Early Medical Retirement for Disabled Federal Workers: SF 3112A, SF 3112B, SF 3112C & SF 3112D

In preparing, formulating and filing for Federal Disability Retirement benefits from the U.S. Office of Personnel Management, whether under FERS or CSRS, the Federal or Postal employee will be asked to complete a mountain of standard government forms.  The forms themselves appear to merely request “information”.  Don’t be fooled.  It is not mere information; it is the basis upon which OPM approves or denies a case.  

For the CSRS employee (which is becoming rarer by the hour because of the replacement of CSRS with FERS back in the mid-80s), in addition to SF 3112A, SF 3112B, SF 3112C & SF 3112D (which both CSRS and FERS employees must complete), Standard Form series numbered 2801 (SF 2801), along with Schedules A, B & C must be completed.  For FERS employees, in addition to the SF 3112 series (again, SF 3112A, SF 3112B, SF 3112C & SF 3112D), the Federal or Postal employee must complete SF 3107, along with Schedules A, B & C.  

These forms constitute the “nuts and bolts” of the Federal Disability Retirement application process.  Not only must “information” be provided in filling out these forms; there are “tricky” issues which must be addressed at the outset.

For example, SF 3112C is the “Physician’s Statement”, and is meant to be used in order to guide the physician into providing a detailed physician’s statement.  It is a confusing, convoluted form which often makes the doctor feel intimidated.  It is preferable to have the doctor address the elements requested on SF 3112C without actually using the 3112C.  However, if a Federal or Postal employee is unrepresented and unaware of this, then the potential disability retirement applicant may unknowingly sign the form, when it may not be in the best interest of the Federal or Postal employee to do so.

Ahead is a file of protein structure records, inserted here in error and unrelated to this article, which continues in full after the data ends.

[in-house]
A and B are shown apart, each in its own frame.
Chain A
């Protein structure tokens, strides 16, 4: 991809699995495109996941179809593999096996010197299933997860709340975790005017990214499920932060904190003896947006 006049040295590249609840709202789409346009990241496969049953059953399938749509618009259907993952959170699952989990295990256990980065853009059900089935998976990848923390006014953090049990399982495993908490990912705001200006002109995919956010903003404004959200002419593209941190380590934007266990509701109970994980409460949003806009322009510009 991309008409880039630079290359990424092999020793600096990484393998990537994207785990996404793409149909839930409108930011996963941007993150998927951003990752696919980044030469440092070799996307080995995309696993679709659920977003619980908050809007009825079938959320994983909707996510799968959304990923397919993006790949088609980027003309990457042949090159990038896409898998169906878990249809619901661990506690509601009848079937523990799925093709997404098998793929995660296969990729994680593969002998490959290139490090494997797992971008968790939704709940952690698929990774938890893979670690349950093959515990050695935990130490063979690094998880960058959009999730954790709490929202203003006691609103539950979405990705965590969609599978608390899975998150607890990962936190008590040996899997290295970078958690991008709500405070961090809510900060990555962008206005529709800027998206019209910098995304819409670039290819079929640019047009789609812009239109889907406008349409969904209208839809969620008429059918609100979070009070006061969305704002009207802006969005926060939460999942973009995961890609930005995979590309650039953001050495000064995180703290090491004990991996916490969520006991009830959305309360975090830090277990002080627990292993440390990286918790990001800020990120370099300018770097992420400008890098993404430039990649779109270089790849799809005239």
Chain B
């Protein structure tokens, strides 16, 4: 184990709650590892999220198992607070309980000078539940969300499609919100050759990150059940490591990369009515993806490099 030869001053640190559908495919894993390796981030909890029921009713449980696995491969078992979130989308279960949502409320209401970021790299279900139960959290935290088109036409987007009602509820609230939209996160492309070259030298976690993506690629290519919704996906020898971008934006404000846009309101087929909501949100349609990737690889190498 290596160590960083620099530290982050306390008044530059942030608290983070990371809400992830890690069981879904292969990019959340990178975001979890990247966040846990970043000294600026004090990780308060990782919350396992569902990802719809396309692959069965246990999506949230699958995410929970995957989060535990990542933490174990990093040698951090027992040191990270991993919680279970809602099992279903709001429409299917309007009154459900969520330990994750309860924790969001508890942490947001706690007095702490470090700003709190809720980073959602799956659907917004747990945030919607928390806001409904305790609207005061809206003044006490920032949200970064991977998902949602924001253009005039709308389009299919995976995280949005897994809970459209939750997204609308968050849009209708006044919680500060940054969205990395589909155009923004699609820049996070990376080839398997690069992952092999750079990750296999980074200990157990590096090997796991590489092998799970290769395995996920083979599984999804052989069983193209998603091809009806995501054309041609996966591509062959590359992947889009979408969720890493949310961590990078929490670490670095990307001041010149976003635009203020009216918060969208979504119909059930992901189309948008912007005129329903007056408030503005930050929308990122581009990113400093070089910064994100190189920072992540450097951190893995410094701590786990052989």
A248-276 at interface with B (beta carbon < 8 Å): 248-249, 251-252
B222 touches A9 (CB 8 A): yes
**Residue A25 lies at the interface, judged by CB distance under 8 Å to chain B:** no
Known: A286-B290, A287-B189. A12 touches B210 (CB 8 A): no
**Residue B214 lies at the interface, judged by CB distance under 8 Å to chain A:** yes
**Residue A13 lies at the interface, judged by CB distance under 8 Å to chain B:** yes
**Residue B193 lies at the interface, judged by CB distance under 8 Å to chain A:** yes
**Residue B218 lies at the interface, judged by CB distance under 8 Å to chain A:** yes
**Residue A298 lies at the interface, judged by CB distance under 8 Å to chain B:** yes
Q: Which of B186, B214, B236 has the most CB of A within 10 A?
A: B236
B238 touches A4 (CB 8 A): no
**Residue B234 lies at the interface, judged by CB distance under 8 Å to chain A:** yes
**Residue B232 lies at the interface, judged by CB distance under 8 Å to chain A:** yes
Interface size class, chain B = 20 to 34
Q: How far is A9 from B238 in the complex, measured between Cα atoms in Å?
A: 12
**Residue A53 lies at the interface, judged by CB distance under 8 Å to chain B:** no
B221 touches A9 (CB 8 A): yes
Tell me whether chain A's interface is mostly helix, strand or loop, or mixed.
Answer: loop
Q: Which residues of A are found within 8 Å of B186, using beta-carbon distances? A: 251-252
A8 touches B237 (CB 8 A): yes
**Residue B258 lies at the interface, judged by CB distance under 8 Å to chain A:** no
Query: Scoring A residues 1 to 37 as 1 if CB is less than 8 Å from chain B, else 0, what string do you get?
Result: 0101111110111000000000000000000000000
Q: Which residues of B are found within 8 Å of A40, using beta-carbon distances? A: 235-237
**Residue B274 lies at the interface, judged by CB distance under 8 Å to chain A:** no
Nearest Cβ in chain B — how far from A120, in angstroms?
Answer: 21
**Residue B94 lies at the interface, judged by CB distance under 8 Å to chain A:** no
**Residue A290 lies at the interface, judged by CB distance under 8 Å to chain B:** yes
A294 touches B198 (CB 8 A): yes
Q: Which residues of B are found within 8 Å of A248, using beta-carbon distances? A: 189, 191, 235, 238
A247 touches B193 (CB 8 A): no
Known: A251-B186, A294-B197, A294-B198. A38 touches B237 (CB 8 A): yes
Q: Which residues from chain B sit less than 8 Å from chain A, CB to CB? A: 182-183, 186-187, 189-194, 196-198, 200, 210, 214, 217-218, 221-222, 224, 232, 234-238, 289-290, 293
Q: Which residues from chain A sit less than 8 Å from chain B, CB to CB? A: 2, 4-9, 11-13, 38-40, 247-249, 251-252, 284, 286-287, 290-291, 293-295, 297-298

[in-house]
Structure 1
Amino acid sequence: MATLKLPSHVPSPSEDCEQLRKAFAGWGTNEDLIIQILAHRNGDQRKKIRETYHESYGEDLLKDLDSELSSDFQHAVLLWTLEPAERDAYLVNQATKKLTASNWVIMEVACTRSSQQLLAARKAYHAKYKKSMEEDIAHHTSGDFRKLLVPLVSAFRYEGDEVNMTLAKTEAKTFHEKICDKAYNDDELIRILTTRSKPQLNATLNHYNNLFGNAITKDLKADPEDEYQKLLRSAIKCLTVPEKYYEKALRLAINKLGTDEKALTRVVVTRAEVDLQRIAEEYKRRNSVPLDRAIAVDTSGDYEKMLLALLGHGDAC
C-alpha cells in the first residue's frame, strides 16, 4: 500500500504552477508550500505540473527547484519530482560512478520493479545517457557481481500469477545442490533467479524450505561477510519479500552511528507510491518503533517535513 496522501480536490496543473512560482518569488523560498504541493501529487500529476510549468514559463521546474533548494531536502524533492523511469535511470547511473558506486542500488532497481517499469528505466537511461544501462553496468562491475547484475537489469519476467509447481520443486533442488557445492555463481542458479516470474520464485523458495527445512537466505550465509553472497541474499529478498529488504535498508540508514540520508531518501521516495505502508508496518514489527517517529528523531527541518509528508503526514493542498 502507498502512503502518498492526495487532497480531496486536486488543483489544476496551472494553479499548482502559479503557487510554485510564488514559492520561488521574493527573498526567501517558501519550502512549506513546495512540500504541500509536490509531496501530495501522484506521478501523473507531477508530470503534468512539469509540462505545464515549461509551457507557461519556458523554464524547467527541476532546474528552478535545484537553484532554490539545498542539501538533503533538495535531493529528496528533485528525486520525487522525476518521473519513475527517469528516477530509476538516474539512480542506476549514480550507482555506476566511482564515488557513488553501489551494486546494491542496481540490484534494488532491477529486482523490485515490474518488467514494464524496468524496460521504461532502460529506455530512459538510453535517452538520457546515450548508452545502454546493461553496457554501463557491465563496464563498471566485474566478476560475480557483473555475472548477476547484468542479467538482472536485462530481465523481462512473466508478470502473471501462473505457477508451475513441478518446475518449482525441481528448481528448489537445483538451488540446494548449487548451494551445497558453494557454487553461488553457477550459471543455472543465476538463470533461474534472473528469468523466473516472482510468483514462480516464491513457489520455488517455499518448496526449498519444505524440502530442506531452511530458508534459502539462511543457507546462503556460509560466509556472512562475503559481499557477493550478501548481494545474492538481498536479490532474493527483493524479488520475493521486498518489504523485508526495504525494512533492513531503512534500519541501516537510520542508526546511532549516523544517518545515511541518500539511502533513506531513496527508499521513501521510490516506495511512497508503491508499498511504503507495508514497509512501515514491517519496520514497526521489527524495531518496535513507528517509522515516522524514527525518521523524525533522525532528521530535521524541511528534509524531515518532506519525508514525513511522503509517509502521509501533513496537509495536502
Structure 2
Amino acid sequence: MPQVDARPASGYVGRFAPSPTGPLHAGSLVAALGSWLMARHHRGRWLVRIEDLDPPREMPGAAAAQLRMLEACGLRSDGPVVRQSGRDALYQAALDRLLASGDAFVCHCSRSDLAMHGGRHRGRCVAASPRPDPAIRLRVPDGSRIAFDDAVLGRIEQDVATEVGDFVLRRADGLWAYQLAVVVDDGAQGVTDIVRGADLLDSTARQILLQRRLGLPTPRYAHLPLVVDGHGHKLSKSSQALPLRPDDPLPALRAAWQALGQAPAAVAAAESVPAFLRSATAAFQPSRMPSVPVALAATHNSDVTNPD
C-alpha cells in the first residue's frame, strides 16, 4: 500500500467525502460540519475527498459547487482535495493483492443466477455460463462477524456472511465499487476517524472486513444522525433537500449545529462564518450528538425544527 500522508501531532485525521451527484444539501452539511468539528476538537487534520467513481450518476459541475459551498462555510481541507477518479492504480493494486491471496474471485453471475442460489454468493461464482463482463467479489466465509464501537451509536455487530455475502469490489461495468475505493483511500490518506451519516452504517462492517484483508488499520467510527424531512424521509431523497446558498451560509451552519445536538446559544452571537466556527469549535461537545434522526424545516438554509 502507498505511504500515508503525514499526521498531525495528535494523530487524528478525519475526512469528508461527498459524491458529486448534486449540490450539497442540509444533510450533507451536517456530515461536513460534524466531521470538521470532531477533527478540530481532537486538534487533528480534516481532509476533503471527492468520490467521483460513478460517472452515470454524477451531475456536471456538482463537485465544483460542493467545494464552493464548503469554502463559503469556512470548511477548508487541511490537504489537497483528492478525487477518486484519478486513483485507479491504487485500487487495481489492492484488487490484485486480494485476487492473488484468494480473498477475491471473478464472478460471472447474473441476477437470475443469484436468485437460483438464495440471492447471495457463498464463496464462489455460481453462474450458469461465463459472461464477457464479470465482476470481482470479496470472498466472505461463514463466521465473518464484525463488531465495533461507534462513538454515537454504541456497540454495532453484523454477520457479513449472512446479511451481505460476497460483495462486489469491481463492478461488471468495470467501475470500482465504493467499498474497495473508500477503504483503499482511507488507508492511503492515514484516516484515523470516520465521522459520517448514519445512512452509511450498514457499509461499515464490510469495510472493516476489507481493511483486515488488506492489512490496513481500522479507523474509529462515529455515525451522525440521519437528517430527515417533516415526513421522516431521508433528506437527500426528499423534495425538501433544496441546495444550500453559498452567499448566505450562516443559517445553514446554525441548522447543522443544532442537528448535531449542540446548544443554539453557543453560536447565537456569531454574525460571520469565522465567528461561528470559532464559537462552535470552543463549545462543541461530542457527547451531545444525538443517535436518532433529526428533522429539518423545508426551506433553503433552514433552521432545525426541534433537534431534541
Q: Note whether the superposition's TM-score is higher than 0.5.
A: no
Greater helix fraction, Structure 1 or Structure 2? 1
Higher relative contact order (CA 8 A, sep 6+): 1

Be aware; “information” is not a mere compilation of facts and figures; rather, information is always used — whether for, or against, something or someone.

Sincerely,

Robert R. McGill, Esquire

Disability Retirement for Federal Workers: Corresponding Responsibilities

The problem with being responsible for something, is that the moment there are any consequences which result from the assertion of it, everyone lifts their finger and points it in another direction.

In preparing, formulating and filing for Federal Disability Retirement benefits from the U.S. Office of Personnel Management, whether under FERS or CSRS, it is the responsibility of the Applicant to prove by a preponderance of the evidence, that he or she is eligible and entitled to Federal Disability Retirement benefits.  Yet, those who simply go through either the local or district Human Resources (sometimes euphemistically referred to as the “Human Capital” or appended with a conceptually interesting term, “Services”) Office, will be requested to sign SF 3112C, the “Physician’s Statement“, where, at the top of the form, a box for a return address exists.  The address to which the physician’s statement and medical records are sent, is often filled in as the Agency’s H.R. Office.

Thus, the consequence of such a chain of events will often be:  the individual Federal or Postal employee, who has the responsibility to prove by a preponderance of the evidence one’s Federal Disability Retirement application from OPM, will have a doctor, medical facility, psychiatrist, therapist, and any number of medical providers, directed to forward sensitive medical documentation directly to an agency’s Human Resources Office, prior to reviewing such documents for accuracy, effectiveness or requested formulation.  And if the Federal Disability Retirement packet is sent over to OPM, and is then denied based upon information which is either inaccurate or incomplete, to whom will the finger be pointed at?

Sincerely,

Robert R. McGill, Esquire